Drug pricing and the legal process come together quite visibly in the case of KV Pharmaceutical's marketing of Makena to prevent preterm births. The company gained notoriety last year by jacking Makena's price up to $1,500 per treatment, compared to $10 or so for the long-used compounded version of the product, after KV sought and won FDA approval for its drug ["Washington Report," May 2011]. Outrage over the price from obstetricians and state Medicaid agencies, however, prompted FDA to take the unusual step of encouraging physicians to continue to use unapproved compounded versions. KV sued FDA and state Medicaid agencies for favoring compounders, charged that some compounded products were unsafe, and also declared bankruptcy a few weeks ago when it appeared that high revenues from Makena would not be available to solve its ongoing financial problems.

Now KV may get bailed out by the courts. A federal judge in Georgia ruled last month that the Georgia health department erred in adopting a prior authorization policy that makes it very difficult for physicians to prescribe Makena over a compounded product. The judge declared that the compounded version is not a "covered" outpatient drug because it lacks FDA approval, and that the state must halt its prior authorization policy, provide Medicaid coverage for Makena, and post information on its website explaining the new policy. Georgia Medicaid can cover and pay for the cheaper compounded version, moreover, only when a physician documents specific patient medical need for the product.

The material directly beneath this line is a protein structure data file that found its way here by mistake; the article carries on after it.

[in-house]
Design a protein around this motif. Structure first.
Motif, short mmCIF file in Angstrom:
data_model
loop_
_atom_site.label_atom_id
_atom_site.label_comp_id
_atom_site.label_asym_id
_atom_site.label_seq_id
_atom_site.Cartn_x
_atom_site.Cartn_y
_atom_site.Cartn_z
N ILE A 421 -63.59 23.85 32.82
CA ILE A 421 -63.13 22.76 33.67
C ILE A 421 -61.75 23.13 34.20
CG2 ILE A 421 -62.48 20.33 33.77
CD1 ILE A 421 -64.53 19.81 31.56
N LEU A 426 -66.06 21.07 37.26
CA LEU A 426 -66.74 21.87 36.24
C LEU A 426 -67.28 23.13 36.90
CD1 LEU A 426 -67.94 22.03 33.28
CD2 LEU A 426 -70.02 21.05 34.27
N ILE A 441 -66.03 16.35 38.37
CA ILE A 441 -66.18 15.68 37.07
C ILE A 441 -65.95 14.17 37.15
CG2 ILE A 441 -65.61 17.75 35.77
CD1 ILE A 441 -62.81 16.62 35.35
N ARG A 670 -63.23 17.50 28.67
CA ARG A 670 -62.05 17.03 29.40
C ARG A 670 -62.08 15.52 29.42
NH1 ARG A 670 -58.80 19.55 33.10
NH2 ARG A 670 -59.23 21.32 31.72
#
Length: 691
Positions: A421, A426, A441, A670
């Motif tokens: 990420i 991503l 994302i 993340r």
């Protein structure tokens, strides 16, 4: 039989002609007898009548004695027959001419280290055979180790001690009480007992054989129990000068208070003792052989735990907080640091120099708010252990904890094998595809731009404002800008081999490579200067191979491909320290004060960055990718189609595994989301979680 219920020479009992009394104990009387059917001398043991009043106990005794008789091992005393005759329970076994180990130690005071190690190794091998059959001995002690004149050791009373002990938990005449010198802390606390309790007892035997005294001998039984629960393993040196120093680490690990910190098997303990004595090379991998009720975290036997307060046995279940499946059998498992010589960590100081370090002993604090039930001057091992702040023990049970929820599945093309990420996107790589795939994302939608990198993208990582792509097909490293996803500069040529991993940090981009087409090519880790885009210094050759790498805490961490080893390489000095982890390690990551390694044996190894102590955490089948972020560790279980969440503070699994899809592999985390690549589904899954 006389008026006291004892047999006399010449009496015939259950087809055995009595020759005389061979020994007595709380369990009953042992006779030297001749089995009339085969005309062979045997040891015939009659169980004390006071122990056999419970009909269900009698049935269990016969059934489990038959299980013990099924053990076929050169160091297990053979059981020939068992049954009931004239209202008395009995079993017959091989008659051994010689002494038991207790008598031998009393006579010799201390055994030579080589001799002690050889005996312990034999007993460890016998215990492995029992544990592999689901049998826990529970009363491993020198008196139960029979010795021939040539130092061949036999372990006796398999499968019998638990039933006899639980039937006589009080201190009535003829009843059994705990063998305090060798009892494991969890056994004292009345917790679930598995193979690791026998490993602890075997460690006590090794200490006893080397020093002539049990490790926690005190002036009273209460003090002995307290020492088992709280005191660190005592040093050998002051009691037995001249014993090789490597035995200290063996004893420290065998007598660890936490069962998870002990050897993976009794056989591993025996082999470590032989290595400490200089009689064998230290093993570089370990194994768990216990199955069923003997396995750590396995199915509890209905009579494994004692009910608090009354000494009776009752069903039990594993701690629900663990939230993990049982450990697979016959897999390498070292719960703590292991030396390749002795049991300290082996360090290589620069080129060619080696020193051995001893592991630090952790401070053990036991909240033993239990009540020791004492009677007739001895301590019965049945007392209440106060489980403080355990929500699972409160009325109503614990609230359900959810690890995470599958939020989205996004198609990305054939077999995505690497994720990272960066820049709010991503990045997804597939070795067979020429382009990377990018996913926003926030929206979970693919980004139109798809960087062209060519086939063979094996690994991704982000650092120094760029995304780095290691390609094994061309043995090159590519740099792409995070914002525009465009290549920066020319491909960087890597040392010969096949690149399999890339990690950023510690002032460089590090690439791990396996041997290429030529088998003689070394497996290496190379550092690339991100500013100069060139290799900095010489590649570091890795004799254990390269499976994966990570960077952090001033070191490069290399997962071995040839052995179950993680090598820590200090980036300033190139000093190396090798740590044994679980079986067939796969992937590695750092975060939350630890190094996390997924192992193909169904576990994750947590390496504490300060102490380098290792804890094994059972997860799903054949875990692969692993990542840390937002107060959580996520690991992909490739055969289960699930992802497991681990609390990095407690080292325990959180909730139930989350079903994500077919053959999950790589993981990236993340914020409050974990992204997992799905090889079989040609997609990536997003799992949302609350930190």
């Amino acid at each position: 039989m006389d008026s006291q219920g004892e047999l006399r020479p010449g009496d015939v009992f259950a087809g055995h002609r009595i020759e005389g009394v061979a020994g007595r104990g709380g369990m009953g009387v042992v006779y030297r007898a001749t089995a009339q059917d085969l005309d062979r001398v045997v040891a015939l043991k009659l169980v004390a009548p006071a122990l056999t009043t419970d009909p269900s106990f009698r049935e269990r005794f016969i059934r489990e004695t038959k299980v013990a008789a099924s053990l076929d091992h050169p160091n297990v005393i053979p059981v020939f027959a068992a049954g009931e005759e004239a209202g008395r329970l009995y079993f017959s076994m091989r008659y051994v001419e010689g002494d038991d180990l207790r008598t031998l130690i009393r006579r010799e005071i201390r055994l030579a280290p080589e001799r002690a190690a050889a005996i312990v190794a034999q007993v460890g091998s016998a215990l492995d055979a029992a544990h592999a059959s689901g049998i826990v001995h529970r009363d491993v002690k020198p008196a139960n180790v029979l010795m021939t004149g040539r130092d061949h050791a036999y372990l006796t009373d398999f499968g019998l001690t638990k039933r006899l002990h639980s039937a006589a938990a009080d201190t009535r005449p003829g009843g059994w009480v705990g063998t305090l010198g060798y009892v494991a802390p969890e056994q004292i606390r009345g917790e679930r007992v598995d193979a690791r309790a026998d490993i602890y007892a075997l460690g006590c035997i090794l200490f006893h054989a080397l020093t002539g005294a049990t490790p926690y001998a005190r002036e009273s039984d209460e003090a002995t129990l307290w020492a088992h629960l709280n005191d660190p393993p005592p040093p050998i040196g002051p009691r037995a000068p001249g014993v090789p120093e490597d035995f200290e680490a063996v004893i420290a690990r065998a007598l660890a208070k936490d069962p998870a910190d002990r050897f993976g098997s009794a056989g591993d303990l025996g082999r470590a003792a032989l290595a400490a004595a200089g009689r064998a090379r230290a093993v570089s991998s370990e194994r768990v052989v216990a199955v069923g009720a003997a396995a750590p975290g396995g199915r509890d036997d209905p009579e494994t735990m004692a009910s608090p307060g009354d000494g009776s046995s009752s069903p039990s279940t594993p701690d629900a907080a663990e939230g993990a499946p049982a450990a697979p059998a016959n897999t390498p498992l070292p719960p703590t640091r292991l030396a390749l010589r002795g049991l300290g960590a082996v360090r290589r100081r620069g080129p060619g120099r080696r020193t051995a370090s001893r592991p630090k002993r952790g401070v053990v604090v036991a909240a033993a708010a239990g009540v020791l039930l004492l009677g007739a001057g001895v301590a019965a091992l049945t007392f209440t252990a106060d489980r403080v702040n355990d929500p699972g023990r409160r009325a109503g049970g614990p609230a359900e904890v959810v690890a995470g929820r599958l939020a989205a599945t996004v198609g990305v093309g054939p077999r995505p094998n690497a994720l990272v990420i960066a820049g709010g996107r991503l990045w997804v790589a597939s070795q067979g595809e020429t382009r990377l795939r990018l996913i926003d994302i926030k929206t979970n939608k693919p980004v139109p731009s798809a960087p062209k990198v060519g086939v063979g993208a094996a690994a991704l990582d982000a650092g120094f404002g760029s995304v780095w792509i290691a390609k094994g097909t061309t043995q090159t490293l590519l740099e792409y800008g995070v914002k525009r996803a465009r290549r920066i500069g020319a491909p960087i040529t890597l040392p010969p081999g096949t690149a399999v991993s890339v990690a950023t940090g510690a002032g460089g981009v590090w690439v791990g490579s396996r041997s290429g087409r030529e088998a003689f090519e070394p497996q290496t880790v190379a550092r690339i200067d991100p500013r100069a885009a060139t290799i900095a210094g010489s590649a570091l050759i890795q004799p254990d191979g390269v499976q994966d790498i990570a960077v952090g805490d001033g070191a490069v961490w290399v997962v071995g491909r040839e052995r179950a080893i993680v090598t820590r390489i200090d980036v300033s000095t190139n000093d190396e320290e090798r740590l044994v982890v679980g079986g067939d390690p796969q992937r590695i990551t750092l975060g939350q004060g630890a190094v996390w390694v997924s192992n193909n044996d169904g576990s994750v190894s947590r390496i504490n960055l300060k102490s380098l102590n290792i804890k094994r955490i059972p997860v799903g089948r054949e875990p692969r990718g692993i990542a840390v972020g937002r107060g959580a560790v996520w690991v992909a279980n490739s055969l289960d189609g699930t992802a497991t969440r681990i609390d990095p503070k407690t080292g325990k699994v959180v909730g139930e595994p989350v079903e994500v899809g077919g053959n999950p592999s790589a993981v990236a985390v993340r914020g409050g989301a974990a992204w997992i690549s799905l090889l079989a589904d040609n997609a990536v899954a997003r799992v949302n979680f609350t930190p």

Charging executives

Although self-serving, KV's price hike is not illegal, nor are brand-generic patent settlements, so far. But these strategies provide ammunition for industry critics that pharma marketers will ignore the rules and public health needs just to boost sales and profits. GlaxoSmithKline, with its recent $3 billion settlement, now tops the list of firms negotiating huge fines to stay out of court and avoid potentially more serious legal action—beating Pfizer's $2.3 billion deal in 2009 and Johnson & Johnson's recent $2.2 billion agreement.

The critics and prosecutors insist that illegal pharma sales schemes won't stop until more company officers go to jail or face "exclusion" from doing business with the federal government. Industry thus took notice in July when a federal appeals court affirmed that the government has authority to impose a 12-year exclusion on three former Purdue Pharma executives involved in promotion of OxyContin, which was settled in 2007 with $600 million in fines and guilty pleas to misdemeanor charges. The exclusion penalty came up later and it essentially removes the individuals from the pharmaceutical industry, which relies on sales to Medicare and other public health programs.

The Justice Department says it's putting more resources into pharma fraud cases and will continue efforts to hold individual corporate leaders personally responsible for company transgressions—even though it's admittedly difficult to obtain evidence that an executive is responsible for illegal actions by underlings.

Jill Wechsler is Pharmaceutical Executive's Washington correspondent. She can be reached at